It is kinda harsh that when the movie’s Special Edition was released in theaters in March of 1997, people actually cheered with the Ewok Nanta died following being shot by a laser blast from an AT-ST. Considering all the deaths of the Rebel Starfighters, it’s the law of probability that at least one Ewok would die on Endor. I feel that hatred toward the Ewoks over the years has been one of that isn’t warranted or was thrust upon fans following the Saturday morning cartoon and the two less than stellar Ewok TV movies released in 1984 and 1985 respectively which felt more like a disservice in production values as well as storylines.

There’s also a very good plot as Luke battles being tempted by the dark side while he is trying to come to terms with the fact that Vadar is his father and was once known as Anakin Skywalker (Sebastian Shaw). And even though Kevin Smith used the reveal in Chasing Amy as a joke to be “a feeble crusty old white man,” I think it’s symbolic of how behind the mask, there was just a broken old man. As we would learn in the prequels and the TV show Obi-Wan Kenobi, Anakin was used by people his whole life that when the Jedi Council refused to make him a Master, he took it as another case in which he was being used. And use him the Council did to spy on Palpatine.

But in Kenobi, Anakin is wielding power and strength. He’s feared by many who report to him or else he’ll kill them without much of a thought. In the end, he must make the choice to let the Emperor kill Luke or to save Luke. There’s almost some belief that he is surprised by the extent of Luke’s anger and violence and maybe she’s himself. As it goes back to the scene in Revenge of the Sith, where Anakin could’ve made a choice to save Mace Windu or Palpatine, he chose Palpatine. He doesn’t want to make the same decision again. He can’t. I also like how the mask Vadar wears while it has been seen as intimidation suddenly becomes different in emoting weakness and humility.

Lucas was inspired by Japanase movies most notable The Hidden Fortess while constructing the Star Wars movies in its early stage. Vadar’s helmet resembles a Samurai’s helmet. There’s a 1964 Japanese horror movie Onibaba about a young woman and her mother-in-law who live a primitive lifestyle in feudal Japan during the Onin War. A Samurai warrior approaches their home one evening wearing a Hannya mask that has become stuck on his face. The mother-in-law gets it off after killing the warrior and uses it to scare the young woman as she begins an affair. However, once the mask gets stuck on her face as well, it goes from looking terrifying to foolish and pathetic as her attempts to prevent the affair aren’t successful.

Vadar’s mask reminds me of the Hannya mask. In the end, he chose to throw the Emperor down the reactor shaft even though he is mortally wounded by the Force lightning. To start a trilogy where Vadar is the villain and to end it where he has redeemed himself is a daring course for a filmmaker to do on a Hollywood blockbuster. I think this is why people have seen the SW universe as more than just a kids space cowboy movie. There’s something Shakespearan about Vadar’s transformation.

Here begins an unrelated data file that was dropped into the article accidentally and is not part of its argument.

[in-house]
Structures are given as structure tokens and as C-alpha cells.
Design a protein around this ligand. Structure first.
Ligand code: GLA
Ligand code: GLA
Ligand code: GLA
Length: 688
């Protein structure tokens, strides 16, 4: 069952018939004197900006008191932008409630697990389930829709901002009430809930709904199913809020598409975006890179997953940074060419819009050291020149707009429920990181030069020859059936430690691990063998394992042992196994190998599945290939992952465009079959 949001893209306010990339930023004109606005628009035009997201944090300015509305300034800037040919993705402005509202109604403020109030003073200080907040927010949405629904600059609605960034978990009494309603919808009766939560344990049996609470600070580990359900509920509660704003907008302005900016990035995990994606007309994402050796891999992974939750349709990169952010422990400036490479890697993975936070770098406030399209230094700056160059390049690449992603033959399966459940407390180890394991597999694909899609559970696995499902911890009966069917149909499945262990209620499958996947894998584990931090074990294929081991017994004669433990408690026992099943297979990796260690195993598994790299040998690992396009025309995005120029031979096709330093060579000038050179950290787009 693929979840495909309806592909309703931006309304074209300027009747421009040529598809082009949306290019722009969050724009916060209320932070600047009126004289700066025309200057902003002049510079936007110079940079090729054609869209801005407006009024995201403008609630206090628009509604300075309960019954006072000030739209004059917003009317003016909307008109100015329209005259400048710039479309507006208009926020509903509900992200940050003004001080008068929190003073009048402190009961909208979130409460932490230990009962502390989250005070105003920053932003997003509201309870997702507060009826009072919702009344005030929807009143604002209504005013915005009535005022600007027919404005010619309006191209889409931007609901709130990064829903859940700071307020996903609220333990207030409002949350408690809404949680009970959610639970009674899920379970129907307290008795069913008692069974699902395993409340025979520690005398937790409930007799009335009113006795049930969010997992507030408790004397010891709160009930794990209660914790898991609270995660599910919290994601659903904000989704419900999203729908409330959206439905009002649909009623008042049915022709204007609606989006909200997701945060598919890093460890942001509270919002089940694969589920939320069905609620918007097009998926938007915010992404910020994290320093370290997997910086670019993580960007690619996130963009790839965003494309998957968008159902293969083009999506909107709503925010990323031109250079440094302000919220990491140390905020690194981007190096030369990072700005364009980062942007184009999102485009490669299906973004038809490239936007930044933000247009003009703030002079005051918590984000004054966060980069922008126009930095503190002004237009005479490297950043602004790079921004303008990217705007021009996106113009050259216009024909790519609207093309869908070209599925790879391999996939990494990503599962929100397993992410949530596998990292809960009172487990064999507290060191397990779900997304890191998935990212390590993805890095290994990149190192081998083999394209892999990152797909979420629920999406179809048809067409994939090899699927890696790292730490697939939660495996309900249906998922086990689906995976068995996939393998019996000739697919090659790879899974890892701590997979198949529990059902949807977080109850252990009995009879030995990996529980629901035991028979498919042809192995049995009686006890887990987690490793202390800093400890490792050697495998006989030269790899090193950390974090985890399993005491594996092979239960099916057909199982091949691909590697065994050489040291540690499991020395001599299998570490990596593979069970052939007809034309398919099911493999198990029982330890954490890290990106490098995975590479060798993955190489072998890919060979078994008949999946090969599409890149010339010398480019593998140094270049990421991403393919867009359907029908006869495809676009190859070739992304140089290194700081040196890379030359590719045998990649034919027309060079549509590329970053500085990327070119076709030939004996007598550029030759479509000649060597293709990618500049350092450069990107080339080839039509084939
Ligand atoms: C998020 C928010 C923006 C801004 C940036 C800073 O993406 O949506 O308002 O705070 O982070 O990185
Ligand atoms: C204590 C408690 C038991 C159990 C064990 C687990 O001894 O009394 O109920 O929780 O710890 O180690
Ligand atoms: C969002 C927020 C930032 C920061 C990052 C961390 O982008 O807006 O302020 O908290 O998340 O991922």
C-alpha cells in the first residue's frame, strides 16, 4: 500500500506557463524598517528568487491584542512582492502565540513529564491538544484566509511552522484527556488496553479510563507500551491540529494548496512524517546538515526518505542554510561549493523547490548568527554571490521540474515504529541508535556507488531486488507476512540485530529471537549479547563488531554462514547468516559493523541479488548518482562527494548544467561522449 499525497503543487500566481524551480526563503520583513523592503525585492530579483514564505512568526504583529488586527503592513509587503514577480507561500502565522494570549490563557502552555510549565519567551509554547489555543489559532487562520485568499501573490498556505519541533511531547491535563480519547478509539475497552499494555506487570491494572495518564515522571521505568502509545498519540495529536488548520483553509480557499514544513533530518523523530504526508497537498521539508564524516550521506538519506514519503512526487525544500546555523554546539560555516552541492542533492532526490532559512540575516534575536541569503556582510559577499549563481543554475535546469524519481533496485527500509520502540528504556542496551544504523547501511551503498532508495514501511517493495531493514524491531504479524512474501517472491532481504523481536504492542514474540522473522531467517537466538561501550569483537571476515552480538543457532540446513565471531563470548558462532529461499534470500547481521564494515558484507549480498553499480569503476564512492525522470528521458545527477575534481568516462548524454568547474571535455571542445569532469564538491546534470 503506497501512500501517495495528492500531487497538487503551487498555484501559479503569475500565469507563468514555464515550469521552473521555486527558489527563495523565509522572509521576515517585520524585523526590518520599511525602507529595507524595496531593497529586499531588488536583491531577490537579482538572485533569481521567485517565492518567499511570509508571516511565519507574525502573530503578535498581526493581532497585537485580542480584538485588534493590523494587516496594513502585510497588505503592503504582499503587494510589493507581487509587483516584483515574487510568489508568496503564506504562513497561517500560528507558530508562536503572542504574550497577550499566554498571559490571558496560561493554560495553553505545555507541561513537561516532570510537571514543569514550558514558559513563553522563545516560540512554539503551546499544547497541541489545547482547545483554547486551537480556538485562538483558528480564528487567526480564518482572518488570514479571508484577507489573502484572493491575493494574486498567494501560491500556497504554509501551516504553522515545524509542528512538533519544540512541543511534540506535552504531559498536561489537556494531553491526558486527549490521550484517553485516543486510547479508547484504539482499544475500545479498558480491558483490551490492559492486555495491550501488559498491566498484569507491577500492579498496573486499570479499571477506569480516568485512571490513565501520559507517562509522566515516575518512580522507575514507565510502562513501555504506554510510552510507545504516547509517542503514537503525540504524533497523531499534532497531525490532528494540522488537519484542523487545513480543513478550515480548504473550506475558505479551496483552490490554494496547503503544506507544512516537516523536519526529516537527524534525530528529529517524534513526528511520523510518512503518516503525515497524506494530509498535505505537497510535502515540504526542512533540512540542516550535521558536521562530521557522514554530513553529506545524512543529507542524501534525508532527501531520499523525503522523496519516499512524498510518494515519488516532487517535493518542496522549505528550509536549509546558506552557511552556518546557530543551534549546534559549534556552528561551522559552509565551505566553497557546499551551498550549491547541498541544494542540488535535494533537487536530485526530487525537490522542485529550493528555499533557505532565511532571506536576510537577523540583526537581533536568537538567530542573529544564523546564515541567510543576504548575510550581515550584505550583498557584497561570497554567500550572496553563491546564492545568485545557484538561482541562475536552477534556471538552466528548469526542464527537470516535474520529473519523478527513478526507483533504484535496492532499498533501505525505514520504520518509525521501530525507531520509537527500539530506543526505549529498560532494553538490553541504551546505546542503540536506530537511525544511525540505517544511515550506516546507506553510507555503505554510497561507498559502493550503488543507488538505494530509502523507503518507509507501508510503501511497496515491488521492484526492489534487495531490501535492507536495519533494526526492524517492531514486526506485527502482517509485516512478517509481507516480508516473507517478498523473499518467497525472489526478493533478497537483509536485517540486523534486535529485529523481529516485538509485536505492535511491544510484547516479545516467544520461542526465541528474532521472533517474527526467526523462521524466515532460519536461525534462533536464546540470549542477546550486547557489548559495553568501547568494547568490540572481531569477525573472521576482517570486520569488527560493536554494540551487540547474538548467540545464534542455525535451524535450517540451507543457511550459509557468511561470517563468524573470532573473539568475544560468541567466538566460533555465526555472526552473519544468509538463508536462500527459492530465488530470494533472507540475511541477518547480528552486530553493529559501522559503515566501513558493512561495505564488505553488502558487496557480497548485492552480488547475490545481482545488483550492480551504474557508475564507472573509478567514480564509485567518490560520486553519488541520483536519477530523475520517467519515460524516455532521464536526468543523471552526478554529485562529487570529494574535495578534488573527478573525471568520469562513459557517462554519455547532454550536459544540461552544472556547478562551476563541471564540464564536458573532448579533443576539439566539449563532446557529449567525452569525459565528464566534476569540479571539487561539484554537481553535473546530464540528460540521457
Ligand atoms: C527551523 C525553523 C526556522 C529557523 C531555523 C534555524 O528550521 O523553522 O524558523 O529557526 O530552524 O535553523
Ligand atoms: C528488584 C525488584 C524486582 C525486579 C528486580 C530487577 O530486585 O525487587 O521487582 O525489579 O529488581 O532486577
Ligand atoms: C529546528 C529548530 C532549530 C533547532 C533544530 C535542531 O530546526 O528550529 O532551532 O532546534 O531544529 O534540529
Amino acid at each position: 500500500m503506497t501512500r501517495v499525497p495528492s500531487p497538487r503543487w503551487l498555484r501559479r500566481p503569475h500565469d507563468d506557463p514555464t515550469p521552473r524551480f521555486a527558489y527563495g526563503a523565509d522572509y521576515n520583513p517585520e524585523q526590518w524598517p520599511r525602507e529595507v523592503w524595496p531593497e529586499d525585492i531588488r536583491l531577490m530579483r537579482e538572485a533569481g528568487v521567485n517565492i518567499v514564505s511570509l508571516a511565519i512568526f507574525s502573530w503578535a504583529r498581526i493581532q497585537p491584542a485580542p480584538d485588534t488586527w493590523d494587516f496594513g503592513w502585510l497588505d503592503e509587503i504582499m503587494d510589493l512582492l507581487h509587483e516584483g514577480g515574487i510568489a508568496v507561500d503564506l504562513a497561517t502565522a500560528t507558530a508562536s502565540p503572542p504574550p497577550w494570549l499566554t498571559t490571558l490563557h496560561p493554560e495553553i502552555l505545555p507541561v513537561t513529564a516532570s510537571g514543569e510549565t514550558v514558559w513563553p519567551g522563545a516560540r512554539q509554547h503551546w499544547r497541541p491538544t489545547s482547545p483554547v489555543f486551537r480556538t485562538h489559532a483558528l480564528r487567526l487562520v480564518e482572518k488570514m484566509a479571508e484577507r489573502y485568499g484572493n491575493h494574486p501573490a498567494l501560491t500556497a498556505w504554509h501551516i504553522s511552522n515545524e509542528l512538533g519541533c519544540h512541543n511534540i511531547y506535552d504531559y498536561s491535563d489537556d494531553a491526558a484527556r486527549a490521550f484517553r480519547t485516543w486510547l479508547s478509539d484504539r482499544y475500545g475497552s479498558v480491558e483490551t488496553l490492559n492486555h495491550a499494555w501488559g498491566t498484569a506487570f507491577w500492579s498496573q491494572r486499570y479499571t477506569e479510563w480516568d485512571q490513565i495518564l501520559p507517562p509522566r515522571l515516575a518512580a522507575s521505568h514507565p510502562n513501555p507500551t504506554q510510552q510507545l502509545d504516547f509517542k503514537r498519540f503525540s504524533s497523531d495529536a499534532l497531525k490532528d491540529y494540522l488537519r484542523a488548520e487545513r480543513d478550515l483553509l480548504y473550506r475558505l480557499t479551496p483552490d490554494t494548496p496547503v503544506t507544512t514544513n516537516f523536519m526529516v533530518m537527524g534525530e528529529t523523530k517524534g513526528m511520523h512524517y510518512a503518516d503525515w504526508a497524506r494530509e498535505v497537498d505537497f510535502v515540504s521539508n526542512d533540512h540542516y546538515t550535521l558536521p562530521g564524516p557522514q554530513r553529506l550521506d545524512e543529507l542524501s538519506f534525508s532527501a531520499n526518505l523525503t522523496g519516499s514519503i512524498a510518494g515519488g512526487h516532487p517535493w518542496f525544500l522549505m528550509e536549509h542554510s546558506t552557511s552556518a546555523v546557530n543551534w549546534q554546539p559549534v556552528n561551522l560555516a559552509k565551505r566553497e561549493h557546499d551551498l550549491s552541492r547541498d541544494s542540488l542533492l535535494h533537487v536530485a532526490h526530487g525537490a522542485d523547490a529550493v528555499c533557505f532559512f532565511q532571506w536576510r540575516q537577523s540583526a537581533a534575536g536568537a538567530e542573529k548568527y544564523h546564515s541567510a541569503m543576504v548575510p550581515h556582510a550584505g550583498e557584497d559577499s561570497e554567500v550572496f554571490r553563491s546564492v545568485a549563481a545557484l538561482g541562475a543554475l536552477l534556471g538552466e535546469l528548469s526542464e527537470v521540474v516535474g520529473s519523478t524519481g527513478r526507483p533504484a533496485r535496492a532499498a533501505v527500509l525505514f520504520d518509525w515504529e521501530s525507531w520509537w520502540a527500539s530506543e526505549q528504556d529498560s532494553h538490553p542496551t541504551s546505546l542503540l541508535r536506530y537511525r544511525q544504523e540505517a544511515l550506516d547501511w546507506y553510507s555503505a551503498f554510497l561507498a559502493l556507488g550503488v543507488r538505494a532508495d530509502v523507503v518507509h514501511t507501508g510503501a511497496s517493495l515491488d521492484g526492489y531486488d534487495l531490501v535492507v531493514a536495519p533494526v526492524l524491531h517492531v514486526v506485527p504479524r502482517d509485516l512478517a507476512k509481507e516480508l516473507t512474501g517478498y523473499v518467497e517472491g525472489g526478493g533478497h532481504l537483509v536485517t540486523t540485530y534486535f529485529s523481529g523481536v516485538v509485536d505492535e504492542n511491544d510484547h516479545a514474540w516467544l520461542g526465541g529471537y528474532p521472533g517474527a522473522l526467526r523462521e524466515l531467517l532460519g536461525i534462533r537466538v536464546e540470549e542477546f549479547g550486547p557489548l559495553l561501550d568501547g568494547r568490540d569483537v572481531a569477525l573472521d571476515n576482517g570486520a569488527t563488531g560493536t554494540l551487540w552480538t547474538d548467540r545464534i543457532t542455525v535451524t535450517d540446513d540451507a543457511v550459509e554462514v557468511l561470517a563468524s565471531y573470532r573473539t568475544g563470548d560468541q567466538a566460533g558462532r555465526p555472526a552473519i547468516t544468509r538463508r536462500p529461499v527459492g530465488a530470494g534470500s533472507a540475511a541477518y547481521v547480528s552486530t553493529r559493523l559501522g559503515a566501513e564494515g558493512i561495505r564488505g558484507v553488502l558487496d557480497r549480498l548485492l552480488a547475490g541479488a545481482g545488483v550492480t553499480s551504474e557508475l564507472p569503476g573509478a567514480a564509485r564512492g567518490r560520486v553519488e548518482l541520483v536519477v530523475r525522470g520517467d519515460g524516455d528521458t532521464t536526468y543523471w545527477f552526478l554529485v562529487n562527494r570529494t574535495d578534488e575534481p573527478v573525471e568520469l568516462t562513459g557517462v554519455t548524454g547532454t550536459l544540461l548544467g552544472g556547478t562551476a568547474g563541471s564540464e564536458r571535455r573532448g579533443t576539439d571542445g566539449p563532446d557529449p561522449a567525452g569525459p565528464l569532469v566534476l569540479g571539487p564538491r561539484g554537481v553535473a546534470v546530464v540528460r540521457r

As for Palpatine, McDiarmid has a lot of fun playing the cocky and arrogant Emperor. Since he was only discussed in Hope and appeared in one scene in Empire (but not by the same actor in the theatrical original version), his presence shifts the villainous tone. The Emperor’s greatest sin is Pride as he feels he can pit father against son and still come out the victor in either conclusion. That being said, I really hated his appearance in Rise of Skywalker even if it was a clone. But there’s a lot of things about the sequel trilogy that can be saved for another post.

If anything else, a lot of people see Jedi as the unofficial ending to the the Skywalker Saga. Evil is punished. The Rebels win. The credits roll. Even though I never got into the books that emerged, there was a lot of material to pull from that was discarded. I still prefer The Last Jedi as the only shining hope of the trilogy despite some problems, I feel Rian Johnson tried to make it more than a space cowboy movie. He tried to do what Empire and ROTJ did. Some liked it. Some hated it.

It’s hard to believe how much the franchise has brought us in feature movies, TV movies, that Christmas special, cartoons, animated series, TV series, books and even video games. Like a lot of people, I saw ROTJ when I wasn’t even 5 years old not remembering much. There’s a mythology and almost a religion that has arisen from the works. Who knows hundreds of years from now, people might interpret it as part of a new Bible.

To all my Star Wars fans out there reading this, May the Fourth Be With You.

What do you think? Please comment.

Published by bobbyzane420

I'm an award winning journalist and photographer who covered dozens of homicides and even interviewed President Jimmy Carter on multiple occasions. A back injury in 2011 and other family medical emergencies sidelined my journalism career. But now, I'm doing my own thing, focusing on movies (one of my favorite topics), current events and politics (another favorite topic) and just anything I feel needs to be posted. Thank you for reading.